Anishinaabe mno-bimaadiziwin minwaa Anishinaabe mushkiki does not include the use of cannabis.
The use of cannabis, either recreationally or medicinally, is contrary to Anishinaabe teachings and sacred law.
Sacred law tells us that using anything that alters our spirit in any way, is a big no-no. I learned this long ago in in the Midewiwin Lodge and from many true Anishnaabe leaders, teachers and healers over the years. It’s the one reason why I personally chose not to use alcohol or any other mind-altering substance.
I’ve seen several mind-altering herbs, roots, vines and leaves, all natural products, make their way into our communities from outside Indigenous healers. This includes anything from peyote to ayahuasca. Such potent hallucinogens and their purveyors have also left a lot of pain in their wake. I’ve even heard some Anishinaabeg speak about a “whiskey ceremony” where a shot is passed around while telling stories. Forget what you’ve been told – this is not the case.
Yes, cannabis is natural. It might not lead to issues of hardcore dependence and overdose that we are seeing from opioids in our communities. And sure, it is somebody’s medicine. But it is definitely not Anishinaabe medicine.
In our Creation Story, Msko-Gaabwid, the red-standing one, was placed on Earth with all the things he needed. Tobacco, the very first medicine, is a medicine that is almost entirely spiritual in nature because that very first human being was very much spirit rather than physical. However, as the world evolved, our eldest ancestor began to become more and more physical. As such, Anishinaabe, as he was to be known, had more physical needs including the need for food and medicine. It is said that medicinal plants gives themselves to us. Food plants give themselves to us too.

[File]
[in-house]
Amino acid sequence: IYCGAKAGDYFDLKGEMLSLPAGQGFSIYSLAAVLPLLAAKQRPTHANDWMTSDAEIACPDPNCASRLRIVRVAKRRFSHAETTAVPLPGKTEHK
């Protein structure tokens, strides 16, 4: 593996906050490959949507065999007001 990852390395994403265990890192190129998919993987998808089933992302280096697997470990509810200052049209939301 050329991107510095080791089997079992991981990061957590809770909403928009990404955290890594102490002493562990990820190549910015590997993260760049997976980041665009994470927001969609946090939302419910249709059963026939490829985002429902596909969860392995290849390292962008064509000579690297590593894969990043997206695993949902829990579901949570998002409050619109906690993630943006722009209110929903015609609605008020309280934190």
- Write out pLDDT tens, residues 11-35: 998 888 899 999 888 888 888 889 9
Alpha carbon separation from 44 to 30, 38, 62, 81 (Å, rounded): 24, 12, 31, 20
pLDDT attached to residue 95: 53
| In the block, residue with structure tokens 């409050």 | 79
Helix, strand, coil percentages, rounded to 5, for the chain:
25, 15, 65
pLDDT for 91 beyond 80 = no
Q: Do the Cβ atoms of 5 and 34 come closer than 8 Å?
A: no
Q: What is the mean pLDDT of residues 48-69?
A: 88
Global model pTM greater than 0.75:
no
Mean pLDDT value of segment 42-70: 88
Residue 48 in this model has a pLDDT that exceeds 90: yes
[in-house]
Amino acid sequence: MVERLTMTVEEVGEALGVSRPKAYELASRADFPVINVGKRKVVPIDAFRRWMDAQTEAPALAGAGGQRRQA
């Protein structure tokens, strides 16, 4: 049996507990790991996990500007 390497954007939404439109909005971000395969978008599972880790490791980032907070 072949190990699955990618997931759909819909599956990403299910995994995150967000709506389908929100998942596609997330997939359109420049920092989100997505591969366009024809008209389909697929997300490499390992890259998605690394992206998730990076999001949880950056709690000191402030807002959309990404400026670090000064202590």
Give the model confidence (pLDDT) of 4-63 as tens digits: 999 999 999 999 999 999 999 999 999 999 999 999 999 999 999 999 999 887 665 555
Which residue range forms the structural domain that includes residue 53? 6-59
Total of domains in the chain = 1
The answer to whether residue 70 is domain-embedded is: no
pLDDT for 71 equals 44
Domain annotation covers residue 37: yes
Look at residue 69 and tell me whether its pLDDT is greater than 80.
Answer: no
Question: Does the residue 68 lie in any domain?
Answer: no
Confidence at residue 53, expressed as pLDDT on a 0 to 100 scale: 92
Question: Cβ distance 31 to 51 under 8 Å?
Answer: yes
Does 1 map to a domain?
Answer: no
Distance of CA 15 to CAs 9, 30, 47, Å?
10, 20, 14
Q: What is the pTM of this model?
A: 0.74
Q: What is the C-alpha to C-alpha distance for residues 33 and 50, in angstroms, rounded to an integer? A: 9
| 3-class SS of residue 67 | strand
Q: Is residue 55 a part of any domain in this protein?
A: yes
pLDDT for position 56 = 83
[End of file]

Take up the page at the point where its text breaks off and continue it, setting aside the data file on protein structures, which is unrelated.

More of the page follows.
Anishinaabe and all his descendants are to keep all Creation in balance including our own physical vessel. More than that, we are to keep our body, mind and spirit pure and unaltered. We are told of these types of substances in our Creation Story. Our medicine people knew of these things. But plainly and clearly, we are told not to ingest anything that disrupts that balance, or may disrupt our interrelationships with all those in Creation.
When we take cannabis, alcohol and narcotics and use it in such a way that it makes us “high”, we disrupt the balance within us and around us. We hurt the balance between the body and the spirit. Our Spirit is disrupted. Dependence on these substances will ultimately affect our emotional and mental balance as well. Eventually, no matter how gentle the effect is, long-term use of these substances will also take a physical toll.
Many of our Grandmothers and Grandfathers are concerned over the impacts that cannabis will have on our youth. Evidence shows that using cannabis increases the risk in the development of schizophrenia or other psychoses. Also, there is evidence of the risk and repercussions associated of chronic and problem cannabis use, increased risk of depressive disorders, social anxiety disorders and suicidal thoughts and actions.
Today, I’m seeing a lot of nonchalance about the use of “medicinal” cannabis for any number of remedies. Even more disturbing, there is a lot of indifference to the legalization of “recreational” cannabis. We should be concerned over our already high incidence of addictions, mental illness, chronic disease and inter-generational trauma among Anishinaabe people. Making cannabis more accessible, through community-based dispensaries or even from the LCBO in town is so concerning to those who live by our traditional ways.
The use of cannabis has been discussed in our traditional societies and Lodges over the years. No matter how many time it’s raised, (“Well, it’s going to be legal soon.” “Many people use it for medicinal purposes.” “It’s not really going to hurt anybody.” “My auntie needs it for her eczema.”), the discussion is never a long one.
Again, with emphasis added: Anishinaabe mno-bimaadiziwin minwaa Anishinaabe mushkiki does not include use of cannabis. Period. It just doesn’t get any clearer from an Anishinaabe point of view.
That’s bad news for some Chiefs and leaders, pot-activists, cannabis enthusiasts, clever businesspeople, medical dispensaries and corner drug dealers.
I might be out of touch, unhip or too beholden to our Anishinaabe beliefs – but I thought I’d put it out there. They are our beliefs and there are many of us that stand by them.